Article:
Despite all the hype surrounding its offense, the Warriors were a defense-first team in the regular season: 112.5 O-Rating (17th), 106.9 D-Rating (1st) and 98.4 pace (13th).  The Warriors have been slightly slower but a bit more offensively inclined in the playoffs.  Some of that was due to the match ups with the more offensive Nuggets and Mavs.  The Grizzlies series was a much more grind out affair and we should expect that same slower pace against Boston.

Boston has been sort of a throwback to the 1990s style: 114.4 O-Rating (7th), 106.9 D-Rating (2nd) on a languid 96.6 pace (24th).  In fact, Boston has been slower and better defensively in the playoffs (match ups with the Bucks and Heat probably colored the stats a bit).  The Celtics offense, which is primarily isolating Jayson Tatum and Jaylen Brown on a switched defender, isn’t beautiful but it works.  It should be fascinating to see how Boston tries to isolate the Warriors’ weaker defenders (Jordan Poole).  The return of Gary Payton II is going to be quite important because he is well-suited to defend this game plan.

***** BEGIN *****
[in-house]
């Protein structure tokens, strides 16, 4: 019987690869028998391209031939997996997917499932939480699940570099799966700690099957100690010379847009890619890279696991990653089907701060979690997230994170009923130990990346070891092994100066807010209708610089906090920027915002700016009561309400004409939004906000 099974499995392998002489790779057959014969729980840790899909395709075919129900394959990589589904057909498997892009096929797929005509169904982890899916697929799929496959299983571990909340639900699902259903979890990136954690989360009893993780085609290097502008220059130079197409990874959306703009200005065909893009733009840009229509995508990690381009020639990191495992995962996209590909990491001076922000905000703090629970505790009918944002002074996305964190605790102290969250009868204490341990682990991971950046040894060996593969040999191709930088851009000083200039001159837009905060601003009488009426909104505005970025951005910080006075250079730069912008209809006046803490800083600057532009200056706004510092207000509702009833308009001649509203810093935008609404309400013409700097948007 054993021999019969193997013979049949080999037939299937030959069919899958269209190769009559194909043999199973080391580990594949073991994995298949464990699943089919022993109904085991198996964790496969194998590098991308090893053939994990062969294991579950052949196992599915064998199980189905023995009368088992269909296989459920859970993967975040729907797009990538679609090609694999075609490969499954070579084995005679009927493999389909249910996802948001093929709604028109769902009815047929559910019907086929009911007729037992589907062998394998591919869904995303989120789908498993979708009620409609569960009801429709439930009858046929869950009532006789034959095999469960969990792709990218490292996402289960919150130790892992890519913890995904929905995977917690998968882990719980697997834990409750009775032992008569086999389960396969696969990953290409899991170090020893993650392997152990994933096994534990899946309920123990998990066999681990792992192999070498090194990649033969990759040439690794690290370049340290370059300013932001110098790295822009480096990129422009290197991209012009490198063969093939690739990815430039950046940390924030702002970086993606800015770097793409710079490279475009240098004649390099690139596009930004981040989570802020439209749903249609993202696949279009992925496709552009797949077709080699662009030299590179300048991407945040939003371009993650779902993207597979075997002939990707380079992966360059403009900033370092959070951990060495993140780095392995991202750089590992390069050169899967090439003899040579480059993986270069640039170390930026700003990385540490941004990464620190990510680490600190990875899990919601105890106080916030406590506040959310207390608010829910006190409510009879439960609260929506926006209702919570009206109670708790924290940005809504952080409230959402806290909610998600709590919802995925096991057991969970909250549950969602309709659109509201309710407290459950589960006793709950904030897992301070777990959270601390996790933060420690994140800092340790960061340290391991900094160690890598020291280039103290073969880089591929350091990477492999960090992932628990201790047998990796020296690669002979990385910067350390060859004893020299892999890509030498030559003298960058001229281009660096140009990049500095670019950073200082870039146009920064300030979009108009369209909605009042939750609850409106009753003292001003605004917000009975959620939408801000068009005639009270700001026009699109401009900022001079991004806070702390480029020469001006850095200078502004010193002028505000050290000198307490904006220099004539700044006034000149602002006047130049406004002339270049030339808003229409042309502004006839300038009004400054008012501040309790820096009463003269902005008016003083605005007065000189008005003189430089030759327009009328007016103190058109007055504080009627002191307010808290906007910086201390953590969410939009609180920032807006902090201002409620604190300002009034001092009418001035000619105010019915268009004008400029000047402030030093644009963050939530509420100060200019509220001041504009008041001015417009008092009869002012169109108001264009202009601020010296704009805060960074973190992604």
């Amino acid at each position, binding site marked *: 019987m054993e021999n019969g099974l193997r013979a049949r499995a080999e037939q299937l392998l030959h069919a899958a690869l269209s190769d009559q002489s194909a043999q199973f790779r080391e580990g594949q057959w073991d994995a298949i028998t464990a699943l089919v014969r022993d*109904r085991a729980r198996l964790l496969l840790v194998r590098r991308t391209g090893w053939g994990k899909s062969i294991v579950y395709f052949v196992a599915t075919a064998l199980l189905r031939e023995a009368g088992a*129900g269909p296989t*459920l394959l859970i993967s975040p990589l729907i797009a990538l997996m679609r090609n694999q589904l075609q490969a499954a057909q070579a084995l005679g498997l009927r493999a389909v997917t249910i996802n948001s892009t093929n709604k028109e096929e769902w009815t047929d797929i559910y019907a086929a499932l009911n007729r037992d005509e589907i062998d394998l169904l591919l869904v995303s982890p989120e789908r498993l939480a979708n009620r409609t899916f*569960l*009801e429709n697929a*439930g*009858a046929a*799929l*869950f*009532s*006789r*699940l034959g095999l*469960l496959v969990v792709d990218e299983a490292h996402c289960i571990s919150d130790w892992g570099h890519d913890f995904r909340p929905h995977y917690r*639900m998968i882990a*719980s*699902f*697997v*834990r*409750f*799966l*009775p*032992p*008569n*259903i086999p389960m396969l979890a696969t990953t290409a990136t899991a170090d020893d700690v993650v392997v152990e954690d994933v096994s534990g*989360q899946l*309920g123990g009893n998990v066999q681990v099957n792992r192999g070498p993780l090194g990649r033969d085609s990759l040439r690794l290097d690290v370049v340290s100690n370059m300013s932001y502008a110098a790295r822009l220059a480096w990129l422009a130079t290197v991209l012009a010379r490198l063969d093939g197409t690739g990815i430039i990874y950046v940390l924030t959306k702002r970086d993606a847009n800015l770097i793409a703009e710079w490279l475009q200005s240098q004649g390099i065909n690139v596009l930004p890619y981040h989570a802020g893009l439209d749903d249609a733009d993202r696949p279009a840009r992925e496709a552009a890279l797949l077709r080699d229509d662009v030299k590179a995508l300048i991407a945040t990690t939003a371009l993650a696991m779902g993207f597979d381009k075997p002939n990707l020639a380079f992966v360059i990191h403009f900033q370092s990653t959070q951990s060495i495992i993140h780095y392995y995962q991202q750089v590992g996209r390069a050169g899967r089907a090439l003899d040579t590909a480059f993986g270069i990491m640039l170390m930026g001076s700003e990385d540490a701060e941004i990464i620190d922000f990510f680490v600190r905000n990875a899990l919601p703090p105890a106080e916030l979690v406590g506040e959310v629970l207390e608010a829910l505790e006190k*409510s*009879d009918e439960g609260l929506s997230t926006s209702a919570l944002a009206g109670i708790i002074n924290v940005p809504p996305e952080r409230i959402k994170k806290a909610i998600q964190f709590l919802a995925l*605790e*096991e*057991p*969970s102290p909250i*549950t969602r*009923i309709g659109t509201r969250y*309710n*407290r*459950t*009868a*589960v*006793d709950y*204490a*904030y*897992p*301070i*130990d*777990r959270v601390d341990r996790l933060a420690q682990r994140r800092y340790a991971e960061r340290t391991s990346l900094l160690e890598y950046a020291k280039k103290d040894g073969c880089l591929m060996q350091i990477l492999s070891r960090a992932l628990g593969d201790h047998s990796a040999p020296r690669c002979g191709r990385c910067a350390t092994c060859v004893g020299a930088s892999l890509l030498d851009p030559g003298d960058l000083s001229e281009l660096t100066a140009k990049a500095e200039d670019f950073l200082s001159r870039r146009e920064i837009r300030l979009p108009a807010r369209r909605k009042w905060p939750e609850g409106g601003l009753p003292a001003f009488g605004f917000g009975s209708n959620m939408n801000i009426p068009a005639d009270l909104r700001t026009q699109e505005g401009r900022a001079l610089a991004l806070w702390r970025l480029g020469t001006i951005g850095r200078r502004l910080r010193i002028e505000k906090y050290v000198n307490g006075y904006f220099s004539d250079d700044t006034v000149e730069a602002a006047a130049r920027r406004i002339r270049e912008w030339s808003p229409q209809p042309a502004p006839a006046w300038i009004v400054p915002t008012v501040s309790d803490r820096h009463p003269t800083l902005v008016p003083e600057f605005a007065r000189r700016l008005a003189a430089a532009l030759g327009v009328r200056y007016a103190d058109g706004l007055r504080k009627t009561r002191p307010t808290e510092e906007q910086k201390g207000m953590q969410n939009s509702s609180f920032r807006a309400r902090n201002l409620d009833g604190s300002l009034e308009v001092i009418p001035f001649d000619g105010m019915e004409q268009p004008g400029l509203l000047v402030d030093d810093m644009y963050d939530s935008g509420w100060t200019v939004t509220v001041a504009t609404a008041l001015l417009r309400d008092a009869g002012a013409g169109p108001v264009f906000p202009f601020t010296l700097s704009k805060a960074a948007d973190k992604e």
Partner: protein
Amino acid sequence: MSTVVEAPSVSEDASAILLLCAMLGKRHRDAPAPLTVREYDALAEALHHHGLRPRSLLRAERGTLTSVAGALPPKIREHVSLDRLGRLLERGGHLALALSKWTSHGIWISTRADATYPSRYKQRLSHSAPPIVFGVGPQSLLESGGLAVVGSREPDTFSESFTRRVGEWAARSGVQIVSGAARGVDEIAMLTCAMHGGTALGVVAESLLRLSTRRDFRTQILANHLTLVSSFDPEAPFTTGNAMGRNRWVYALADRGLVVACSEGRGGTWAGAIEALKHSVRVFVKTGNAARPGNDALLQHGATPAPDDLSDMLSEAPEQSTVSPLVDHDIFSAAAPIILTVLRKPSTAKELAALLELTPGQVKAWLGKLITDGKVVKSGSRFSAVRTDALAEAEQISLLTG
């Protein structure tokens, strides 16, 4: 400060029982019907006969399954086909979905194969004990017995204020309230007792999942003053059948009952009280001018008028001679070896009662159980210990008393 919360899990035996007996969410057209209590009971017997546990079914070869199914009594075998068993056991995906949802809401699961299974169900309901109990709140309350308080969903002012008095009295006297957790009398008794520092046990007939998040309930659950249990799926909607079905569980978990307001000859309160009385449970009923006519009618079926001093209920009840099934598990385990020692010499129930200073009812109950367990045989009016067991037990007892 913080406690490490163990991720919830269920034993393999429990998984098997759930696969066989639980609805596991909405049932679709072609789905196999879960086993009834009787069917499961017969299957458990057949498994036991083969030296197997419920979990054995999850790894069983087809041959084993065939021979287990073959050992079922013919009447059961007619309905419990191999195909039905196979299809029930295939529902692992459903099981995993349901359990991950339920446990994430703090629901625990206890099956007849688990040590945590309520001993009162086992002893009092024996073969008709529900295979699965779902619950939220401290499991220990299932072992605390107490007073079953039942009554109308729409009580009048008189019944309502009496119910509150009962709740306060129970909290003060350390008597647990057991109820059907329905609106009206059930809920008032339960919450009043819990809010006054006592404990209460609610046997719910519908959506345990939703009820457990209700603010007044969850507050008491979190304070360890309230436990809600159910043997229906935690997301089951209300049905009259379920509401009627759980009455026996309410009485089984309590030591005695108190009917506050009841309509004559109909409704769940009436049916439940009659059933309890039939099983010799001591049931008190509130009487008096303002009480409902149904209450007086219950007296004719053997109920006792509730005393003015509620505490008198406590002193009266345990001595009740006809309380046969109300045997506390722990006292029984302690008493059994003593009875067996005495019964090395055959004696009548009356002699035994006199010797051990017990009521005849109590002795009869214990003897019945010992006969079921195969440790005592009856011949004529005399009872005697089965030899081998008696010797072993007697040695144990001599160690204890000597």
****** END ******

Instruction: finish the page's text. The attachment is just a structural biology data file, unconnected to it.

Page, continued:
Head-to-Head

The teams went 1-1, each winning on the other’s home court but the results are pretty meaningless.  GS won in Boston early in the year when the Celtics were a struggling team.  Boston trounced the Warriors later but Stephen Curry barely played.  It should be noted that the Celtics have played the Warriors pretty well in Golden State over the last few years, even when the Warriors were at their peak.

A Little Historical Love for Boston